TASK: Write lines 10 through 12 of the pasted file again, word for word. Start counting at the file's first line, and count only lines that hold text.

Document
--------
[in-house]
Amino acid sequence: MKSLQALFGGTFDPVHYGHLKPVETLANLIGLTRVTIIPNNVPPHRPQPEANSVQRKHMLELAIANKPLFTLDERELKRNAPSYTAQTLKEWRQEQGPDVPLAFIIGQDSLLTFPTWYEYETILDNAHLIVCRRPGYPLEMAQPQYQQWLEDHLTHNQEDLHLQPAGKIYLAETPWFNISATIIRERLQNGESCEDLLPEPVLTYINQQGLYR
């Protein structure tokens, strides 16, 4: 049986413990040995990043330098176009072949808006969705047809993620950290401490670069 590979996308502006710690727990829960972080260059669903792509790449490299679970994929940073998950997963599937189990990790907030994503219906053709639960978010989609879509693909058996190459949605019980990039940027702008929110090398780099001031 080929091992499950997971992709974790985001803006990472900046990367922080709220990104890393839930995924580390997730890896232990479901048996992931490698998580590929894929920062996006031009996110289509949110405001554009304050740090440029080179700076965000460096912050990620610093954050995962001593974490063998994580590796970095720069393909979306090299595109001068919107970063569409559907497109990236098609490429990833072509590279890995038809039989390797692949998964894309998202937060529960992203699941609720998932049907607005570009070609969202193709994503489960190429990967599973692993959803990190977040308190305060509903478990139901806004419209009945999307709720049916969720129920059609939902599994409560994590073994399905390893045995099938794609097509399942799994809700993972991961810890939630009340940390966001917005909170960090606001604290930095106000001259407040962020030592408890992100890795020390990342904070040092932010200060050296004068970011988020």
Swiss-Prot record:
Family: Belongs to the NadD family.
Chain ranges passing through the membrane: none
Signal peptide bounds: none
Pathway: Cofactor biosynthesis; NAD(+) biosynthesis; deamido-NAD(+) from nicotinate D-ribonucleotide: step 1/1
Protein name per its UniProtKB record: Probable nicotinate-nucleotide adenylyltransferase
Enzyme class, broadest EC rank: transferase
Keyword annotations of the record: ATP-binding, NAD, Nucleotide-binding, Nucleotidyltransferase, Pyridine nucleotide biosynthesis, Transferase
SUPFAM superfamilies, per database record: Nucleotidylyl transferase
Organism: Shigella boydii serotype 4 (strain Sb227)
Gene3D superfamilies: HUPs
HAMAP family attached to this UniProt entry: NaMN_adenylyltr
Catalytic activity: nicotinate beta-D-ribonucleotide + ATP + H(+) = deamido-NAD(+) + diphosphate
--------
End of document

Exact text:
Enzyme class, broadest EC rank: transferase
Keyword annotations of the record: ATP-binding, NAD, Nucleotide-binding, Nucleotidyltransferase, Pyridine nucleotide biosynthesis, Transferase
SUPFAM superfamilies, per database record: Nucleotidylyl transferase